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Tusk Tough on UK’s Brexit

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People take part in a march against the outcome of the recent EU referendum, in London, Britain, July 2, 2016. Around 40,000 people attended the anti-Brexit march after a petition with 4 million signatures was submitted to the parliament, calling for a second referendum.

Mr Tusk mocked a Brexit campaign promise that Britons could “have the EU cake and eat it too”

People take part in a march against the outcome of the recent EU referendum, in London, Britain, July 2, 2016. Around 40,000 people attended the anti-Brexit march after a petition with 4 million signatures was submitted to the parliament, calling for a second referendum.
People take part in a march against the outcome of the recent EU referendum, in London, Britain, July 2, 2016. Around 40,000 people attended the anti-Brexit march after a petition with 4 million signatures was submitted to the parliament, calling for a second referendum.

European Council President Donald Tusk says Britain’s only real alternative to a “hard Brexit” is “no Brexit”
A bad news for Brexiteers. The key person to decide the future of Britain’s relations with the EU sets tough conditions. Speaking in Brussels, he warned that the EU would not compromise on its insistence that freedom of movement will be a condition for Britain’s access to the single market, BBC reported.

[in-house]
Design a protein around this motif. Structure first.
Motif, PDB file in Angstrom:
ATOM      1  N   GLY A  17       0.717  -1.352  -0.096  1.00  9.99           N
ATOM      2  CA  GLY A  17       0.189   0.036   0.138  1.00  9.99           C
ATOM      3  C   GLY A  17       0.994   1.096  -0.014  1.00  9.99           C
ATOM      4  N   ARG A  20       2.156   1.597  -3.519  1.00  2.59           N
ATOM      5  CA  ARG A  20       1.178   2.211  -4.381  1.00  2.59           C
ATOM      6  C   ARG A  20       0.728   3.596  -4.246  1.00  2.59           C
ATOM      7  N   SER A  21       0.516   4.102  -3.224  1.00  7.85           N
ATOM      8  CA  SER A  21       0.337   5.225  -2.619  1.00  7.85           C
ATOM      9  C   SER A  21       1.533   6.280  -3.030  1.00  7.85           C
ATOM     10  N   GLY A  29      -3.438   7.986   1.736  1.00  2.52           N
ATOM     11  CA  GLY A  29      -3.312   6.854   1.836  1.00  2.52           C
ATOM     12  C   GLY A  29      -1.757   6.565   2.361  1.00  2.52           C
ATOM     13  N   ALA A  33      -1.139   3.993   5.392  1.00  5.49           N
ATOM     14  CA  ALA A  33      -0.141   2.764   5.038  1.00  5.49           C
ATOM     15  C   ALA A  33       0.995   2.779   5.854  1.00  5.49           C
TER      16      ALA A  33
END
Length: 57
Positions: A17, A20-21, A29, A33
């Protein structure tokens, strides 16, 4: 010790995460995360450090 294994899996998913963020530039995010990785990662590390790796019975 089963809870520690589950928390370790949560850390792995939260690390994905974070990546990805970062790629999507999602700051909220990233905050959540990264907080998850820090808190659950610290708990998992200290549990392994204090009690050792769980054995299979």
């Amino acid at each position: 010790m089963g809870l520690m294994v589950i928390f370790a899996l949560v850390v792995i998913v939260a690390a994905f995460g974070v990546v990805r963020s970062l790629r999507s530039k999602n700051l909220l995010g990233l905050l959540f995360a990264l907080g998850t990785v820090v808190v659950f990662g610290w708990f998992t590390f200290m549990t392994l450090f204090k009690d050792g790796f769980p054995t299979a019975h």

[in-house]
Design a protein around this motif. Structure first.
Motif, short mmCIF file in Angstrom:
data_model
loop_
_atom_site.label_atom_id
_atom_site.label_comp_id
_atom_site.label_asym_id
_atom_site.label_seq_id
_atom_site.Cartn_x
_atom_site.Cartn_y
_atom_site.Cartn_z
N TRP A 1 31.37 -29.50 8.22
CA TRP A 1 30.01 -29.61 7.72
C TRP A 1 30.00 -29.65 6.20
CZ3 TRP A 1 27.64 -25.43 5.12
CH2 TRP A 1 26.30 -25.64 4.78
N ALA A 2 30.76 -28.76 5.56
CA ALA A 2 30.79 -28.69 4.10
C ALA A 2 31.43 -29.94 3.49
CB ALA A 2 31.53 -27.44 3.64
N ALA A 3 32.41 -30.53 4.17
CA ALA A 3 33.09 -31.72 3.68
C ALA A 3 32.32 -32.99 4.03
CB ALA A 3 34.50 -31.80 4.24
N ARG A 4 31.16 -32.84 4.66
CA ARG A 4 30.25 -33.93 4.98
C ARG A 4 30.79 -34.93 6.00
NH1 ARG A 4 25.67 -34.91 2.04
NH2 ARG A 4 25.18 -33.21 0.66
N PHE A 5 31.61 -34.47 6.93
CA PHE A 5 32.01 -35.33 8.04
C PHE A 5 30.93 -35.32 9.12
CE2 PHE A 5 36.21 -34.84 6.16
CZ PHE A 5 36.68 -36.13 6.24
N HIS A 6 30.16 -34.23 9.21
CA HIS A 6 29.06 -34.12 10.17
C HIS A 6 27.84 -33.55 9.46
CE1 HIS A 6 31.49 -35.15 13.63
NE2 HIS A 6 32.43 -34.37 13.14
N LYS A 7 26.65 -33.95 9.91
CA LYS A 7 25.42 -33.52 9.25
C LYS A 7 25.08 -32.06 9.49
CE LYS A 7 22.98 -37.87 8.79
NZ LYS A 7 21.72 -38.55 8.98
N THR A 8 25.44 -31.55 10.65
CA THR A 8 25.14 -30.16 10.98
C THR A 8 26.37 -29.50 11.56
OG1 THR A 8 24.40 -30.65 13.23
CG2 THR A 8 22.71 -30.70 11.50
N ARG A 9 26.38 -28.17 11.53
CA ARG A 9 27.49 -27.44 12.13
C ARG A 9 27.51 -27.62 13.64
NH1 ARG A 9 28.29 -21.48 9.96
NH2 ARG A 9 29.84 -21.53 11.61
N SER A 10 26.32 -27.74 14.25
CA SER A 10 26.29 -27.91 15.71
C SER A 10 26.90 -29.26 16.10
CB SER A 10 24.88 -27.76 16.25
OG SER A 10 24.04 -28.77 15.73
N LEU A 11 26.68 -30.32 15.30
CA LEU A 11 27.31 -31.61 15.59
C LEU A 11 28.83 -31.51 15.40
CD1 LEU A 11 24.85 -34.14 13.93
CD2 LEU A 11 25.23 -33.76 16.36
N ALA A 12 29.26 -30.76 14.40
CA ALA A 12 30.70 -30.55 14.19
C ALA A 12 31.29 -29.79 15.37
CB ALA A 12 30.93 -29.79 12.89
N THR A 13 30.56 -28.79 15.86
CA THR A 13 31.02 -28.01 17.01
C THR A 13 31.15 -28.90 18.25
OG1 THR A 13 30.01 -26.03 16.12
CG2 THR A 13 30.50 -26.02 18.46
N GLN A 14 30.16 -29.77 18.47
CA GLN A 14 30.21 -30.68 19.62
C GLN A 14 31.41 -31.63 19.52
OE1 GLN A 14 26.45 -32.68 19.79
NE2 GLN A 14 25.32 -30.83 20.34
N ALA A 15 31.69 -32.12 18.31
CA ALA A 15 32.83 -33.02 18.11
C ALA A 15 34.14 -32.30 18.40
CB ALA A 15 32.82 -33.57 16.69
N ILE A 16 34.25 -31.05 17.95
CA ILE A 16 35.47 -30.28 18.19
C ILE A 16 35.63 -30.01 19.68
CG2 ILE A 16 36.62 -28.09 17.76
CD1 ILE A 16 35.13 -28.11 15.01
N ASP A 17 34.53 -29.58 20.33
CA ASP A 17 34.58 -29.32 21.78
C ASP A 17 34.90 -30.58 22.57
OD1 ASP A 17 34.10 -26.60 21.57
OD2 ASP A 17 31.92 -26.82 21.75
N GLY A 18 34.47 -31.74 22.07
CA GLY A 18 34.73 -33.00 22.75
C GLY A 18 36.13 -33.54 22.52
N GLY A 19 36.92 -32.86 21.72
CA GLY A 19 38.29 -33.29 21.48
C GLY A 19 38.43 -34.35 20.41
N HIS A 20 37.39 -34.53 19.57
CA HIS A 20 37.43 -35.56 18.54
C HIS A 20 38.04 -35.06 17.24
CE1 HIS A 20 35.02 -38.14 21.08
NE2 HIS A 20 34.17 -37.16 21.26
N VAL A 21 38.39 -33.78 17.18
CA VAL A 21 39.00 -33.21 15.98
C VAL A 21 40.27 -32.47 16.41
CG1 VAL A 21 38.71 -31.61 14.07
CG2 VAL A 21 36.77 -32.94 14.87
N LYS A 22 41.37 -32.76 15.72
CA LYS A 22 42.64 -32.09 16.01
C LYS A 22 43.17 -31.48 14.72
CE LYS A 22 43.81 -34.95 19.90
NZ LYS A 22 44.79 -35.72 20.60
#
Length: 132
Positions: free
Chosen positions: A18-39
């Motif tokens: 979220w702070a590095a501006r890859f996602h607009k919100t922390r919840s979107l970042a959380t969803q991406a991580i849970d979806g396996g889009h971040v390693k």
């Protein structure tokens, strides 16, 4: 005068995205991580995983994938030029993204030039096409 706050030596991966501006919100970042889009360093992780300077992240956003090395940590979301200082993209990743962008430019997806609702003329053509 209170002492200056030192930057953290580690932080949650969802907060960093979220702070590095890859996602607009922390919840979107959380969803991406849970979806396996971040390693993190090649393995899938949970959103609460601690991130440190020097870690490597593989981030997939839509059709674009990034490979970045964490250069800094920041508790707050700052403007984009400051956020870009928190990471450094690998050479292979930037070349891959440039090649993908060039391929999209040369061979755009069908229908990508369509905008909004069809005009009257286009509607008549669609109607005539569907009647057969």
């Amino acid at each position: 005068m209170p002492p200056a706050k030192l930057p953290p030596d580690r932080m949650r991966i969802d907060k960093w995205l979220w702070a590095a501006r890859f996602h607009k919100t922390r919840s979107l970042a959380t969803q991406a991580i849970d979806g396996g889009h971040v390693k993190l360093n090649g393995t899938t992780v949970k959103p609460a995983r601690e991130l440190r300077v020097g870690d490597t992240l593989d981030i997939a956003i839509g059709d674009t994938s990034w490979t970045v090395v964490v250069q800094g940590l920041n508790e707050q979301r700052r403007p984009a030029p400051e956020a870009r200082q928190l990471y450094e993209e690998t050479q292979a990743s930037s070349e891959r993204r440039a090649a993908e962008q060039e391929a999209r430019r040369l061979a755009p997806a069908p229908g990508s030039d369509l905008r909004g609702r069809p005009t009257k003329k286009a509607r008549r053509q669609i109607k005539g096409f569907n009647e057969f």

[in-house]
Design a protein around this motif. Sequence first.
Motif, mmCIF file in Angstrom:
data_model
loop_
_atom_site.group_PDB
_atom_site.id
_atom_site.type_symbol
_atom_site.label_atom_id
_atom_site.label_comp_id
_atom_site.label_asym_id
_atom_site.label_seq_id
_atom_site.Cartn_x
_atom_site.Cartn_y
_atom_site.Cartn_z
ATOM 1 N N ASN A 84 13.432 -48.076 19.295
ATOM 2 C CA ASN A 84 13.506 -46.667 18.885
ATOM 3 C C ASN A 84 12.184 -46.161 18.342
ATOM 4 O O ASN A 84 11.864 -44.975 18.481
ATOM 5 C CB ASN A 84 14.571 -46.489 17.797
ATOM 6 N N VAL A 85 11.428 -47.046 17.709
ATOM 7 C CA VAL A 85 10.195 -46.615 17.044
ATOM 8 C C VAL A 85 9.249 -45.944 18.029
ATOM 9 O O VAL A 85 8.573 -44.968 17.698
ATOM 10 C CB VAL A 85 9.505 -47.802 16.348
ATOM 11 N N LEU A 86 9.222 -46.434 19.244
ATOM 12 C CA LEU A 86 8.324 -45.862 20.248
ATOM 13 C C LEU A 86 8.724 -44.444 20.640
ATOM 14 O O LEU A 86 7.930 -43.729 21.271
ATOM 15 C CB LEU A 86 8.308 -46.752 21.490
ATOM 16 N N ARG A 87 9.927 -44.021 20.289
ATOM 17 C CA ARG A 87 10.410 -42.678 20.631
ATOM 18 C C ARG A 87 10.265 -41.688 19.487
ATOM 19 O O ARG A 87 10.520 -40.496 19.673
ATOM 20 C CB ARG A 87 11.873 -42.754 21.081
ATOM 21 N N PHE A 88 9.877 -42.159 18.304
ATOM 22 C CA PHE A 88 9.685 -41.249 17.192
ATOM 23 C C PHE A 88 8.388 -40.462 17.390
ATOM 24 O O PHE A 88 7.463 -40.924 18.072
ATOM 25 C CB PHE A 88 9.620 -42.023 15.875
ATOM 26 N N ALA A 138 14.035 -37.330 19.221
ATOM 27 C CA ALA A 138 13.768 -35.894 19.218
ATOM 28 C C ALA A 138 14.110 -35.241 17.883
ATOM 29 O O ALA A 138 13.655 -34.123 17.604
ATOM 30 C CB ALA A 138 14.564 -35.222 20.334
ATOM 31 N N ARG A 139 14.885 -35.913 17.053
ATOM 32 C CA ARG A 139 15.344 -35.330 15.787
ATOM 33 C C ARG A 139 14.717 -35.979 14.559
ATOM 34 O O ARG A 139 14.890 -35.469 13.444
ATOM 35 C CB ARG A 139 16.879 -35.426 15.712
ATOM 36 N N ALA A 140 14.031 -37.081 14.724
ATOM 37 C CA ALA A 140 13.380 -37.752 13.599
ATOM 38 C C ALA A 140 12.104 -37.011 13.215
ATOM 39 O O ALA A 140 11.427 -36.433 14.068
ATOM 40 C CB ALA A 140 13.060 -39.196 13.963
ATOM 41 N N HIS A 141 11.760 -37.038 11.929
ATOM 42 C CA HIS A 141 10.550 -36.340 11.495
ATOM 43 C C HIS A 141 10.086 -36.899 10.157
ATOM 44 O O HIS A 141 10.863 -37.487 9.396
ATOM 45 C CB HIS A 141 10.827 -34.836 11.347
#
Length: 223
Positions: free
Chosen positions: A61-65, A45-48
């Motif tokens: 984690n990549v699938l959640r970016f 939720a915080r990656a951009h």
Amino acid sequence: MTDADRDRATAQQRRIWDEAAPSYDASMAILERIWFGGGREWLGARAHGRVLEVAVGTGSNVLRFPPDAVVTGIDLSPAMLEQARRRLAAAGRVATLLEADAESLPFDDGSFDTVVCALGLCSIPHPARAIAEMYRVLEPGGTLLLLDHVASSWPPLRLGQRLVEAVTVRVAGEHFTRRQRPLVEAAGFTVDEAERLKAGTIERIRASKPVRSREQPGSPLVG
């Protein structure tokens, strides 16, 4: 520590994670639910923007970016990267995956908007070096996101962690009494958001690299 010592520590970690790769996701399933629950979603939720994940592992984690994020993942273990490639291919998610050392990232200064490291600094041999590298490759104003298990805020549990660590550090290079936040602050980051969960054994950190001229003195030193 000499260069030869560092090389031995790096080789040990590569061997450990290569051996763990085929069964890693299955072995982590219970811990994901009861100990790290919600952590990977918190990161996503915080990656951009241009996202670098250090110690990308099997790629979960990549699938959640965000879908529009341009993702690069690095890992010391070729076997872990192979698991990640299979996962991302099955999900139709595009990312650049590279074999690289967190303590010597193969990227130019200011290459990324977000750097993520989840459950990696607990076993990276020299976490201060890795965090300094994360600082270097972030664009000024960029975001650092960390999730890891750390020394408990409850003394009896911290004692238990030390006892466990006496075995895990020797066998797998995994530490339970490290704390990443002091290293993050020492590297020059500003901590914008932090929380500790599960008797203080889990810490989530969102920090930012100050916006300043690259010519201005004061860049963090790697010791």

Mr Tusk will chair meetings of EU leaders negotiating Britain’s exit from the 28-member bloc.

Prime Minister Theresa May said last week that the government would trigger Article 50 of the Lisbon Treaty – beginning formal negotiations between the UK and EU – by the end of March next year. The process will take up to two years, involving complex debates about issues such as immigration and access to the European single market.

In his speech, Mr Tusk mocked a Brexit campaign promise that Britons could “have the EU cake and eat it too” – the idea that the UK might manage to keep trade benefits of EU membership while barring European immigrants and rejecting EU courts’ authority.

“To all who believe in it, I propose a simple experiment. Buy a cake, eat it, and see if it is still there on the plate.
“The brutal truth is that Brexit will be a loss for all of us. There will be no cakes on the table. For anyone. There will be only salt and vinegar.”

Mr Tusk also suggested that Britain might ultimately decide not to leave the EU “even if today hardly anyone believes in such a possibility”.In a 52%-48% vote in June’s referendum Britain decided to leave the EU.

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